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This Is The Most Innovative Startup From This Year’s Y-Combinator Class; Thalmic Labs positions its MYO armband as the next generation of gesture control, enabling you to control other devices using your movements, and without the need for a camera

This Is The Most Innovative Startup From This Year’s Y-Combinator Class

Megan Rose Dickey | Mar. 27, 2013, 10:41 AM | 3,498 | 2

Silicon Valley’s most prestigious accelerator Y Combinator just hosted its Demo Day for its Winter 2013 class. Even though this class was smaller than its previous batches, the talent was just as good. Out of the 47 startups that presented at YC’s Demo Day, Thalmic Labs really caught our attention. Thalmic Labs positions its MYO armband as the next generation of gesture control, enabling you to control other devices using your movements, and without the need for a camera. Many current gesture control technologies like Microsoft‘s Xbox Kinect, for example, require you to be in front of a camera. It also forces you to use pre-programmed gestures. But with MYO, it can track even the most subtle gestures. The armband works by sensing the electrical activity in your muscles to control your computer, video games, or even a drone. But Thalmic has opened up its API so developers can come up with more ways to use MYO. Already, Thalmic has sold 25,000 MYO devices and brought in $3.7 million in revenue. You can pre-order your own MYO for $149 here.

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How Samsung Became the World’s No. 1 Smartphone Maker

Here’s Bloomberg Businessweek’s Cover About How Samsung Became The King Of Smartphones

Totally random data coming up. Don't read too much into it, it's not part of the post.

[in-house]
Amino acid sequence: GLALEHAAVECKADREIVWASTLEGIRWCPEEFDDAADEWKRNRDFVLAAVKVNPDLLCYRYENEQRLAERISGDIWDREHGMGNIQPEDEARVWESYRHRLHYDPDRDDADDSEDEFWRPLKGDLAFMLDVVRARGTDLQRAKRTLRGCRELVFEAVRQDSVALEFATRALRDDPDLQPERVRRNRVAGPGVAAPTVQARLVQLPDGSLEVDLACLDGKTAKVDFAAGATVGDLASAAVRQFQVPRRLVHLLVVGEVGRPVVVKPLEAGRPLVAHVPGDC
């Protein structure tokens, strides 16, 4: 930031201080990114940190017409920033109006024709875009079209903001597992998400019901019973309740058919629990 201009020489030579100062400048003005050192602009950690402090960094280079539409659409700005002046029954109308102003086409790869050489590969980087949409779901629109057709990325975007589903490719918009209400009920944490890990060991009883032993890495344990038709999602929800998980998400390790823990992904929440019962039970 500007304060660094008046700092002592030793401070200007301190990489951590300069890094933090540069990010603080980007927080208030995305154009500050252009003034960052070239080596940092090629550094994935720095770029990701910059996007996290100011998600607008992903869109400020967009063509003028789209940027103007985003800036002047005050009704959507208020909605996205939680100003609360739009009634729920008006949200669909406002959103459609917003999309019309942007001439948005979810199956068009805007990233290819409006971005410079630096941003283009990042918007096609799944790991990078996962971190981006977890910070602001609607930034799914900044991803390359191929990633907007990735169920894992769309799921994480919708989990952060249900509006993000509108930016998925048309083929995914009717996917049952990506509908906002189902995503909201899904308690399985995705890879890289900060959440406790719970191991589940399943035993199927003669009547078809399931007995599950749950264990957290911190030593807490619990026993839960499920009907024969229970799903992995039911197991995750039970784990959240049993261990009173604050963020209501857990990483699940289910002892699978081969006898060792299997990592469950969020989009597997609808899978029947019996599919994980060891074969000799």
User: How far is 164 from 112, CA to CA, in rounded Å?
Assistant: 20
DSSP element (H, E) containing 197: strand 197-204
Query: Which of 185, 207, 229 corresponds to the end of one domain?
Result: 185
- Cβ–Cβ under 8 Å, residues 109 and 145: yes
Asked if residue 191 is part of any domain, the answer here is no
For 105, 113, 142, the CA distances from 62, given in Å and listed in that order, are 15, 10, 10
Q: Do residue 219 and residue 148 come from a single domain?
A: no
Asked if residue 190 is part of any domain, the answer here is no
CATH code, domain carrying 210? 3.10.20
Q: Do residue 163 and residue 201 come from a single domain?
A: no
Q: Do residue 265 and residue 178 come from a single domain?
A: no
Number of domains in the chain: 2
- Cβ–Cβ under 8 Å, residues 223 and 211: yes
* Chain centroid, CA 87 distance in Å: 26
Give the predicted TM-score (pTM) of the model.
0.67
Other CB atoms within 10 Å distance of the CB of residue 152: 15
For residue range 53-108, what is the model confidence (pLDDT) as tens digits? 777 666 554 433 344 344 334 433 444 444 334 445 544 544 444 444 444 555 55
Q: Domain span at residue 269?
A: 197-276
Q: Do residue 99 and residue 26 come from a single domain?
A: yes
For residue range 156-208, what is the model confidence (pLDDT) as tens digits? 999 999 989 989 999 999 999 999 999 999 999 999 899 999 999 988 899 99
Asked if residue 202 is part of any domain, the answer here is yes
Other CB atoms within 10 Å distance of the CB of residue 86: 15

Steve Kovach | 59 minutes ago | 18 | 

Bloomberg Businessweek’s cover story this week is all about the rise of Samsung. Here’s a sneak peek at the cover art:

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How Samsung Became the World’s No. 1 Smartphone Maker

By Sam Grobart on March 28, 2013

I’m in a black Mercedes-Benz (DAI) van with three Samsung Electronics PR people heading toward Yongin, a city about 45 minutes south of Seoul. Yongin is South Korea’s Orlando: a nondescript, fast-growing city known for its tourist attractions, especially Everland Resort, the country’s largest theme park. But the van isn’t going to Everland. We’re headed to a far more profitable theme park: the Samsung Human Resources Development Center, where the theme just happens to be Samsung.

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Photograph by Tony Law for Bloomberg BusinessweekSamsung’s Human Resources Development Center

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feat_samsung14_mobile-chart_605 Read more of this post

The Brilliant, Unusual Way Media Startup Upworthy Grew To 10.4 Million Monthly Readers In Its First Year

The Brilliant, Unusual Way Media Startup Upworthy Grew To 10.4 Million Monthly Readers In Its First Year

Alyson Shontell | Mar. 27, 2013, 1:44 PM | 2,680 | 4

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Eli Pariser, co-founder of Upworthy.